New research found that cancer and arthritis drugs can promote hair growth and stop balding.
Researchers at Columbia University Medical Center have found two drugs that can promote hair growth and prevent baldness.
Don't Miss: Nintendo Switch: Everything You Need To Know
The drugs are already approved by FDA and prescribed by physicians. One drug, called ruxolitinib (Jakafi) is used for treating blood cancer while other, tofacitinib (Xeljanz) deals with rheumatoid arthritis. Both fall in the category of specialized drugs known as JAK inhibitors.
Dr. Angela Christiano, who led the project and her colleagues at Columbia University have tested the cancer and arthritis drugs on mice during laboratory experimentation and found that these drugs can potentially be a new hair loss treatment.
Researchers discovered dramatic effects of JAK inhibitors on alopecia area, a form of hair loss where immune system mistakenly attacks hair follicles and traps them in a resting state. Researchers claim that direct application of the drug on scalp can activate cells in hair follicles and trigger hair growth.
“Jak inhibitors seem to be among the very few number of compounds that produce hair growth very soon after their application.” Christiano said.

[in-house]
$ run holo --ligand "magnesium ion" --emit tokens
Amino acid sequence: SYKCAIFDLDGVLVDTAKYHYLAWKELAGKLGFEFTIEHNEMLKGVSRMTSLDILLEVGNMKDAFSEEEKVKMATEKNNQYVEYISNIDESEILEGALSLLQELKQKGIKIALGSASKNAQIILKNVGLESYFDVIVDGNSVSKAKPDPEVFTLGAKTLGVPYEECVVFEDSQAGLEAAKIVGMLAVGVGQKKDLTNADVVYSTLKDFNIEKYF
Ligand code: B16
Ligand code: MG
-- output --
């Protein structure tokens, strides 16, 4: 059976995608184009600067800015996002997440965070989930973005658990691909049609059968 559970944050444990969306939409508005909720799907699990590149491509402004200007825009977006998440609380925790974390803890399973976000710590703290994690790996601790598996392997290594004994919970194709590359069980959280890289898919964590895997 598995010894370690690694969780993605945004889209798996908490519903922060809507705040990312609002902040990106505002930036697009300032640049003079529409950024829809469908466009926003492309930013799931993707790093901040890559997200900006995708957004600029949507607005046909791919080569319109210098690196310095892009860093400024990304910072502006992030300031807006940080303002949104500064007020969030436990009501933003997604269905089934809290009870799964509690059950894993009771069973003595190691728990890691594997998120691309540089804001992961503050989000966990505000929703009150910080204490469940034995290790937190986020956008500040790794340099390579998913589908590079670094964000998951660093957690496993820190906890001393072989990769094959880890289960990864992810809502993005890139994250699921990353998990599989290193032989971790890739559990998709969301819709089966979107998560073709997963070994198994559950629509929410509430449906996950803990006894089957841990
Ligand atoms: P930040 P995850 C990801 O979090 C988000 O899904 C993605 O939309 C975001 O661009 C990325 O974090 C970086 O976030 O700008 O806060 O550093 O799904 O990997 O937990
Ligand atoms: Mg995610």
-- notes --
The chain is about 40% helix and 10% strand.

During the course of experiments, researchers noticed that mice started to grow new hair when drugs were applied to the skin. Blockage of enzymes awakened the resting hair follicles and new hairs sprouted quickly, just within 10 days.
“There aren’t many compounds that can push hair follicles into their growth cycle so quickly,” said Dr. Christiano. “Some topical agents induce tufts of hair here and there after a few weeks, but very few compounds have this potent an effect so quickly.”
It is likely that drugs will work the same way on human hair follicles as they did on mice and can reduce hair loss.
Don't Miss: See the first leaked Black Friday 2016 Ad
“What we’ve found is promising, though we haven’t shown yet it’s a cure for pattern baldness,” said Dr. Christiano. “More work needs to be done to test if JAK inhibitors can induce hair growth in humans using formulations specially made for the scalp.”